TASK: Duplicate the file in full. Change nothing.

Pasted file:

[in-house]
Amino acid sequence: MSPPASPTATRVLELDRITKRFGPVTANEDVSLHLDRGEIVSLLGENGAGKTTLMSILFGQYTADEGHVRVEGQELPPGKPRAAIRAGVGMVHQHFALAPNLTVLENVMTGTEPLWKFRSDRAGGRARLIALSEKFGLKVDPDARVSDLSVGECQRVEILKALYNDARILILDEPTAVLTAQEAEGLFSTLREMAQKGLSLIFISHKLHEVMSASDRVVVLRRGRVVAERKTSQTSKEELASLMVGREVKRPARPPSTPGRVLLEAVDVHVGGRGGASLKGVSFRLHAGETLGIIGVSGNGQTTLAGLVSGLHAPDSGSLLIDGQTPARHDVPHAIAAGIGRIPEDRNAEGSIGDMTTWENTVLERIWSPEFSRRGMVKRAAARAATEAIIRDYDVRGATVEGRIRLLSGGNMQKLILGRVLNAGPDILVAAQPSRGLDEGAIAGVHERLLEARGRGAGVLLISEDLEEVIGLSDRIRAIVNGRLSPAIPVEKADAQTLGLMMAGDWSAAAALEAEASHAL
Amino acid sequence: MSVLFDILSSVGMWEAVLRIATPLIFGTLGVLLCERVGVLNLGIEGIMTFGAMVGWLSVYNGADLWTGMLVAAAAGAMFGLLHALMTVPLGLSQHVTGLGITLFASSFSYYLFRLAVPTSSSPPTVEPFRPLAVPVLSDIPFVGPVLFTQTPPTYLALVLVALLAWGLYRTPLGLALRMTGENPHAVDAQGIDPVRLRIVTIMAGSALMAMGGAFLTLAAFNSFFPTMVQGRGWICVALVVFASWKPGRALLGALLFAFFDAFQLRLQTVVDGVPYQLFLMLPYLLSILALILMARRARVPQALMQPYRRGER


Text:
[in-house]
Amino acid sequence: MSPPASPTATRVLELDRITKRFGPVTANEDVSLHLDRGEIVSLLGENGAGKTTLMSILFGQYTADEGHVRVEGQELPPGKPRAAIRAGVGMVHQHFALAPNLTVLENVMTGTEPLWKFRSDRAGGRARLIALSEKFGLKVDPDARVSDLSVGECQRVEILKALYNDARILILDEPTAVLTAQEAEGLFSTLREMAQKGLSLIFISHKLHEVMSASDRVVVLRRGRVVAERKTSQTSKEELASLMVGREVKRPARPPSTPGRVLLEAVDVHVGGRGGASLKGVSFRLHAGETLGIIGVSGNGQTTLAGLVSGLHAPDSGSLLIDGQTPARHDVPHAIAAGIGRIPEDRNAEGSIGDMTTWENTVLERIWSPEFSRRGMVKRAAARAATEAIIRDYDVRGATVEGRIRLLSGGNMQKLILGRVLNAGPDILVAAQPSRGLDEGAIAGVHERLLEARGRGAGVLLISEDLEEVIGLSDRIRAIVNGRLSPAIPVEKADAQTLGLMMAGDWSAAAALEAEASHAL
Amino acid sequence: MSVLFDILSSVGMWEAVLRIATPLIFGTLGVLLCERVGVLNLGIEGIMTFGAMVGWLSVYNGADLWTGMLVAAAAGAMFGLLHALMTVPLGLSQHVTGLGITLFASSFSYYLFRLAVPTSSSPPTVEPFRPLAVPVLSDIPFVGPVLFTQTPPTYLALVLVALLAWGLYRTPLGLALRMTGENPHAVDAQGIDPVRLRIVTIMAGSALMAMGGAFLTLAAFNSFFPTMVQGRGWICVALVVFASWKPGRALLGALLFAFFDAFQLRLQTVVDGVPYQLFLMLPYLLSILALILMARRARVPQALMQPYRRGER